Finding out I have ADHD was almost like the missing puzzle piece. For so many years, I had danced through life surrounded by a world I thought everyone perceived in the way I do. I’d always thought everyone found meaning in everything, made stories out of everything, saw magic in anything and everything…
Then, a while ago, I found out I was wrong!
As a child, I was probably the most energetic girl at the party. Apparently I was filled with a chaotic energy and moved from thing to thing with a rapidity not seen in others my age, (mum now admits she always suspected ADHD). I was actually very successful at school (academia-wise), but even now, I don’t think I truly lived up to my potential. For example, I hated maths from year nine onwards and remember spending most of my GCSE years either talking about my favourite pop group of the time or doodling on my books. I’ve always had a problem focusing on things I don’t like. I know everyone feels the same, to some extent, but for me it truly is painful to pay attention when I am bored. There is a constant motor inside my mind driving me to engage in something interesting and, if my engagement is not high, I will become restless and fidget. I always remember back to the days when I used to swim once a week in a lovely little village pool near my home. My teacher was the best swimming teacher you could have wished for and I was a talented swimmer, even though my problems with focus were clear even then. Julie used to say I was having an ‘on’ or ‘off’ day according to my levels of concentration. Apparently, some weeks I was just in a trance-like state for most of the lesson – I still did all my badges regardless of this! I also remember struggling intensely when I went to places where I couldn’t move around; my parents admit they avoided a number of activities because of my constant need to move. Moreover, I was miserable when bored and mum says I needed constant stimulation in order to be relatively well-behaved.
When you have ADHD boredom is an enemy. You spend your life trying to avoid it and, for me, finding a job with constant variation was always the aim. It’s difficult trying to describe to a neuro-typical person what my brain feels like as I’m not sure words would do it justice. Ideas bubble constantly and I see my mind as an elaborate universe circling above me, with all the ideas formed by my engagement with the world making up this fantastical place. Every so often, the universe stops its orbit and pauses for a millisecond. In this time, I am able to take something from inside. If it engages me, I place this idea into a miniature glass bottle where it glows like a firefly. I always see my ideas as glowing and I use the metaphor of a bottle as, to make my ideas reality, I do need to create a physical barrier around them so they don’t escape and join the universe again.
My mind is a factory of ideas and I never remember a time when it stopped, even for a moment. Of course, I was a messy child and I also remember having great difficulty learning to tell the time, as well as differentiating between left and right (I still have problems with this even now). I was a chaotic force of nature, but as I grew older I learnt coping mechanisms to overcome the difficulties caused by ADHD. Even though I was never a particularly disruptive child, I was moaned at for starting tasks impulsively before instructions were given, and I also remember struggling intensely with social interaction so chose to have friends who were 2-4 years younger than myself. As schoolwork became more intense, I developed a perfectionism which did, at times, cause great anxiety. Sometimes I ripped up work because it wasn’t ‘my standard’ and I remember focusing intensely on ensuring I didn’t make any mistakes. My often scruffy work became neat and I became more and more anxious as I covered up my internal chaos with the common ADHD coping mechanism: perfectionism. Additionally, I developed an intense fear of being late and, even to this day, I am usually ridiculously early for appointments. I don’t want to be ridiculously early, I am just terrified of being late. Everyone thinks I am hyper-organised but it’s a coping mechanism and not something which brings me joy! I am also incredibly tidy and nowadays anything out of place is a distraction. When I was a child, I was ridiculously untidy, and now I am ridiculously neat. However, my true form always makes itself clear when I am being creative; I love to draw and paint on the floor and creating a doughnut of scattered supplies is my preferred way to work even to this day.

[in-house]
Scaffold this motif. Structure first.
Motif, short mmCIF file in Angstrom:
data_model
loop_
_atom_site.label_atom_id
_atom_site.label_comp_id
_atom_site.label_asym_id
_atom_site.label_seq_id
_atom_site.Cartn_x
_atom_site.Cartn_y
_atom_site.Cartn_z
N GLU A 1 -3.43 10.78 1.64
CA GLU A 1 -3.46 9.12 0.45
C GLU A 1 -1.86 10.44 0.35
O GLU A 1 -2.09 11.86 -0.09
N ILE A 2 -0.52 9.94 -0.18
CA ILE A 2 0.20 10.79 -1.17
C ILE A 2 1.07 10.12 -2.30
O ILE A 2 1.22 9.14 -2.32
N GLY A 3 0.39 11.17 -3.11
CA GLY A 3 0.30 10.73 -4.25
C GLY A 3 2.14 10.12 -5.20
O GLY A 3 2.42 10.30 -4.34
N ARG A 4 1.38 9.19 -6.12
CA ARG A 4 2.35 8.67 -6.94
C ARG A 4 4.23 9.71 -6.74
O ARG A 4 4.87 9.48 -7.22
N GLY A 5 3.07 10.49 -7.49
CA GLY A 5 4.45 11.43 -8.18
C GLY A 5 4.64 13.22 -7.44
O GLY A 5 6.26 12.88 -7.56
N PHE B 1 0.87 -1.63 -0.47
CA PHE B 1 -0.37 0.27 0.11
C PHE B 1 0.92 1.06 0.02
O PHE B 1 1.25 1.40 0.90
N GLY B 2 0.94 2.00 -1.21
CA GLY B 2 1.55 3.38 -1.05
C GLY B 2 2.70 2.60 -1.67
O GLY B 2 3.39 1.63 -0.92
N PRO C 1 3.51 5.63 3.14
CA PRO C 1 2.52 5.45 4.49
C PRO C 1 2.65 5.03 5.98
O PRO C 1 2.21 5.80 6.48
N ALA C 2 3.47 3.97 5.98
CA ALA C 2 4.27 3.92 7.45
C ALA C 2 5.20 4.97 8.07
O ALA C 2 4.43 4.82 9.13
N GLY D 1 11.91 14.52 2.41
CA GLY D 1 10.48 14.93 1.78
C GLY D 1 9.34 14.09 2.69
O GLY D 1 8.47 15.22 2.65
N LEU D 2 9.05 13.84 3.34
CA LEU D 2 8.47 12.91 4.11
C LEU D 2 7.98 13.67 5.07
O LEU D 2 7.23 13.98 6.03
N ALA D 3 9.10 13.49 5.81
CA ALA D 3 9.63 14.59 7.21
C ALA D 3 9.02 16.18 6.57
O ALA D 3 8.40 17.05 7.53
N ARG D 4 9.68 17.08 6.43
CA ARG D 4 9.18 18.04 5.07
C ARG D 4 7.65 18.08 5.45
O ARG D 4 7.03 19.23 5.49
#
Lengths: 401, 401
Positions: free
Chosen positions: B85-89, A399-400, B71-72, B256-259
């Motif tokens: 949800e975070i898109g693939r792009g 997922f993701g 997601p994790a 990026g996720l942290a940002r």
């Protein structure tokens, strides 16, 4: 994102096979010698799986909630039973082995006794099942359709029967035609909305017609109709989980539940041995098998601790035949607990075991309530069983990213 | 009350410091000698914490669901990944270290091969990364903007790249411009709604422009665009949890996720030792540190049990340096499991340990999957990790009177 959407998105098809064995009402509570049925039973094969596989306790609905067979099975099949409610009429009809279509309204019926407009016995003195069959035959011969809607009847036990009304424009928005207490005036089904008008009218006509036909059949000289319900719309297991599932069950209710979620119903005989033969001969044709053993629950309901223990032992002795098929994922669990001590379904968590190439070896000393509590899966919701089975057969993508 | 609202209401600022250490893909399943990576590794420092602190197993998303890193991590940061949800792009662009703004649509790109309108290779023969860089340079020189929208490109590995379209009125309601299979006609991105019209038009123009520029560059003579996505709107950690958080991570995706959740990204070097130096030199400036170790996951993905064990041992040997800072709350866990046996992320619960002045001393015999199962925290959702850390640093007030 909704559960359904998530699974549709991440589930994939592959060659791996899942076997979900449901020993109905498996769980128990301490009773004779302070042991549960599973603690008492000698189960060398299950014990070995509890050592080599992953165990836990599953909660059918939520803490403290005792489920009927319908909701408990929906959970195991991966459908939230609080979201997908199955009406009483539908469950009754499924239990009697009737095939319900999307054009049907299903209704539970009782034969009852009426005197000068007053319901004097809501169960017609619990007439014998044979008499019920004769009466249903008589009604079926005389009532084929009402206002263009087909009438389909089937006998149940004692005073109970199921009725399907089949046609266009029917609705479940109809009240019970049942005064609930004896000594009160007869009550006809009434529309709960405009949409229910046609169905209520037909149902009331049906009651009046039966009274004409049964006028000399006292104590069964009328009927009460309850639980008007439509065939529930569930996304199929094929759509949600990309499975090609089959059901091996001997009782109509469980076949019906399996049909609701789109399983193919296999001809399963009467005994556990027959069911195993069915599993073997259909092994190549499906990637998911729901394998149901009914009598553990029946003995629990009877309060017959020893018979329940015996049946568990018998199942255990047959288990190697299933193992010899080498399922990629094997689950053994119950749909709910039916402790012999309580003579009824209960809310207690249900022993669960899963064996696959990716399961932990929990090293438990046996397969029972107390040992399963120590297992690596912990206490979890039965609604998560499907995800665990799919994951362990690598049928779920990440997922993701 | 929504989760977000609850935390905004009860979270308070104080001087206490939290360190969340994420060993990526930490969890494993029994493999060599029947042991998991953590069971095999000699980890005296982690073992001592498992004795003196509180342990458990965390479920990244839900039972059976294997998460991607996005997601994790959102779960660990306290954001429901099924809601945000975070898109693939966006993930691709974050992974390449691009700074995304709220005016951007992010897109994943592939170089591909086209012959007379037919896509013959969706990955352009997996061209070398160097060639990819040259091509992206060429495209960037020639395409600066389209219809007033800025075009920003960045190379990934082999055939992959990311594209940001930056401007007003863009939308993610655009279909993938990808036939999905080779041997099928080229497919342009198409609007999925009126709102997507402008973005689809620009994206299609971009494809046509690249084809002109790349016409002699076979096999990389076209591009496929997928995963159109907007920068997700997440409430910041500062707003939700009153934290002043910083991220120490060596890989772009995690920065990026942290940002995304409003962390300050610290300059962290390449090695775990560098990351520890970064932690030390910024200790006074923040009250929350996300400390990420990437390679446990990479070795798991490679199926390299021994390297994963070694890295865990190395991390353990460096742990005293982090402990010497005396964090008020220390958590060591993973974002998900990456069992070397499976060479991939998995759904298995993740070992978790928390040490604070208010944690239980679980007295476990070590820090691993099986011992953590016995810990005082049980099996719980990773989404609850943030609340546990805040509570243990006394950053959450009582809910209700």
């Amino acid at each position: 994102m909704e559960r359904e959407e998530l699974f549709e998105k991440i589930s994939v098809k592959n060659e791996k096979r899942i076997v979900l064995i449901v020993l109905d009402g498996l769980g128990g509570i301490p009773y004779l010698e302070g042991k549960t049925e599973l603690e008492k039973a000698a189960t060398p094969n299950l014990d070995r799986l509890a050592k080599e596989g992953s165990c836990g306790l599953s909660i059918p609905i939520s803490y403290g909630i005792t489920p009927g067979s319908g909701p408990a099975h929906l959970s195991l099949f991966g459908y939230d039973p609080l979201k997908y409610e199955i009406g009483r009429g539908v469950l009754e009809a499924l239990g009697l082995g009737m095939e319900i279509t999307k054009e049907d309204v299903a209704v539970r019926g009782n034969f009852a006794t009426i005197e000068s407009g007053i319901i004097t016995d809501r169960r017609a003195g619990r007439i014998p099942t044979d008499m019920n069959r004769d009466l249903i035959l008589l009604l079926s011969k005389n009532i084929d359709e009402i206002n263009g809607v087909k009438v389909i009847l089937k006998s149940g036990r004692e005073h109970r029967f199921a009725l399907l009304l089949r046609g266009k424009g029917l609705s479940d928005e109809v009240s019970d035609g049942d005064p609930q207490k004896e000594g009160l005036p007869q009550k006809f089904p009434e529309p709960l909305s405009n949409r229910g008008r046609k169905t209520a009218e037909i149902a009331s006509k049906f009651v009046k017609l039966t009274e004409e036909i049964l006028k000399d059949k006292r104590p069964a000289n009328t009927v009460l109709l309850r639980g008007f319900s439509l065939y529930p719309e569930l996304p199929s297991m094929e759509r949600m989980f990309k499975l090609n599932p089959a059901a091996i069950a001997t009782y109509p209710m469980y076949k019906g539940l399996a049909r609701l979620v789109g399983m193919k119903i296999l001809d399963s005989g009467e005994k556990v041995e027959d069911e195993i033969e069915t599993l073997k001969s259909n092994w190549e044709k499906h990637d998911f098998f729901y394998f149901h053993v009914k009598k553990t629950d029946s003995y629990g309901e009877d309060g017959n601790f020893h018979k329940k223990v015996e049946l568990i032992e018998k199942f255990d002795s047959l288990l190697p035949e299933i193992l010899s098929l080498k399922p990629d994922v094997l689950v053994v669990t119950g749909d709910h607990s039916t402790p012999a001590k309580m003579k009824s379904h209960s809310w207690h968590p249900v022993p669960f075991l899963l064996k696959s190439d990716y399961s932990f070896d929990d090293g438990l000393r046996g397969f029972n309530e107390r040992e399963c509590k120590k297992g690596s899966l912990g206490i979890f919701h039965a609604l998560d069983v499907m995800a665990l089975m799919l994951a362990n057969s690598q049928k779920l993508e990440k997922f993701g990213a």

I am so lucky and I am happy with my brain. Yes, it can be tiring, but it’s part of me and it made me. If I didn’t have ADHD I wouldn’t be the tutor I am today and I also wouldn’t be able to teach in the way which has made my business successful. ADHDers are often seen as ‘out-of-the-box’ thinkers and this describes me extremely accurately. I find it incredibly easy to think of unique ways of carrying out activities and my vivid imagination makes it easy for me to engage children in imaginative learning. I do struggle to motivate myself to do the administration, but I have developed a resilience and discipline which I know is partly down to my mother’s careful parenting and also down to the fact that I have ALWAYS wanted my business to succeed above anything else!
If you have ADHD you have an awesome view of the world! Inside my brain, everything is linked and everything is waiting to be explored!
You are awesome – go out there and shine! ⭐️